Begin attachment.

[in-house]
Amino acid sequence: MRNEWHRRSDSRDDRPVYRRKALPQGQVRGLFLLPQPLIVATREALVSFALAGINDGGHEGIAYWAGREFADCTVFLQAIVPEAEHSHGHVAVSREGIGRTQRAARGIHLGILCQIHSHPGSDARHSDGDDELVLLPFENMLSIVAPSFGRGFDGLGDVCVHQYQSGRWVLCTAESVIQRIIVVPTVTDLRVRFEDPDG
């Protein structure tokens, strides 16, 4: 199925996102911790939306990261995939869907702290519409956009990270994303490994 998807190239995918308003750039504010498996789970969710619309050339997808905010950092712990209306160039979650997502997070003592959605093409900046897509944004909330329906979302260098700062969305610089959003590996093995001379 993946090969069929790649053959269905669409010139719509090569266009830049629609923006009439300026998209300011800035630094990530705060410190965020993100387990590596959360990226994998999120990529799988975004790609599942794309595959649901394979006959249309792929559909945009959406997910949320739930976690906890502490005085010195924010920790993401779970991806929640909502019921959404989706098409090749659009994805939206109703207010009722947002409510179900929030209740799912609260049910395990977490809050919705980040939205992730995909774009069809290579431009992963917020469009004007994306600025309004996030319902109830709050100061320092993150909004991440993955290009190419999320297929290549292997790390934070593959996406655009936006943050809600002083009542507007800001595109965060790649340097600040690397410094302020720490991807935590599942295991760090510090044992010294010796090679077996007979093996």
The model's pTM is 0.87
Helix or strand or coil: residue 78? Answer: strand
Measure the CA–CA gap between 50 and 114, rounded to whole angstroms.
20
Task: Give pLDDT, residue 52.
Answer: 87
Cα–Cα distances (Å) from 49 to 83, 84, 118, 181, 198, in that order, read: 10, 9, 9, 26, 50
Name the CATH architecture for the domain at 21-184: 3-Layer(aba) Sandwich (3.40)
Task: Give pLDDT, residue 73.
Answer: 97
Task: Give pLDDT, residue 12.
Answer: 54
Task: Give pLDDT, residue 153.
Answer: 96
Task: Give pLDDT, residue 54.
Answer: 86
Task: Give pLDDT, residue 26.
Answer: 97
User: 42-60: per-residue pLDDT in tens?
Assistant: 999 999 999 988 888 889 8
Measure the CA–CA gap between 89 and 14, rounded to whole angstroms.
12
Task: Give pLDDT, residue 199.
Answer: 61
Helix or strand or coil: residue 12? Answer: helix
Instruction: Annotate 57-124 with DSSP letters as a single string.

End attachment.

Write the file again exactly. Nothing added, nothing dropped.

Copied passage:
[in-house]
Amino acid sequence: MRNEWHRRSDSRDDRPVYRRKALPQGQVRGLFLLPQPLIVATREALVSFALAGINDGGHEGIAYWAGREFADCTVFLQAIVPEAEHSHGHVAVSREGIGRTQRAARGIHLGILCQIHSHPGSDARHSDGDDELVLLPFENMLSIVAPSFGRGFDGLGDVCVHQYQSGRWVLCTAESVIQRIIVVPTVTDLRVRFEDPDG
């Protein structure tokens, strides 16, 4: 199925996102911790939306990261995939869907702290519409956009990270994303490994 998807190239995918308003750039504010498996789970969710619309050339997808905010950092712990209306160039979650997502997070003592959605093409900046897509944004909330329906979302260098700062969305610089959003590996093995001379 993946090969069929790649053959269905669409010139719509090569266009830049629609923006009439300026998209300011800035630094990530705060410190965020993100387990590596959360990226994998999120990529799988975004790609599942794309595959649901394979006959249309792929559909945009959406997910949320739930976690906890502490005085010195924010920790993401779970991806929640909502019921959404989706098409090749659009994805939206109703207010009722947002409510179900929030209740799912609260049910395990977490809050919705980040939205992730995909774009069809290579431009992963917020469009004007994306600025309004996030319902109830709050100061320092993150909004991440993955290009190419999320297929290549292997790390934070593959996406655009936006943050809600002083009542507007800001595109965060790649340097600040690397410094302020720490991807935590599942295991760090510090044992010294010796090679077996007979093996």
The model's pTM is 0.87
Helix or strand or coil: residue 78? Answer: strand
Measure the CA–CA gap between 50 and 114, rounded to whole angstroms.
20
Task: Give pLDDT, residue 52.
Answer: 87
Cα–Cα distances (Å) from 49 to 83, 84, 118, 181, 198, in that order, read: 10, 9, 9, 26, 50
Name the CATH architecture for the domain at 21-184: 3-Layer(aba) Sandwich (3.40)
Task: Give pLDDT, residue 73.
Answer: 97
Task: Give pLDDT, residue 12.
Answer: 54
Task: Give pLDDT, residue 153.
Answer: 96
Task: Give pLDDT, residue 54.
Answer: 86
Task: Give pLDDT, residue 26.
Answer: 97
User: 42-60: per-residue pLDDT in tens?
Assistant: 999 999 999 988 888 889 8
Measure the CA–CA gap between 89 and 14, rounded to whole angstroms.
12
Task: Give pLDDT, residue 199.
Answer: 61
Helix or strand or coil: residue 12? Answer: helix
Instruction: Annotate 57-124 with DSSP letters as a single string.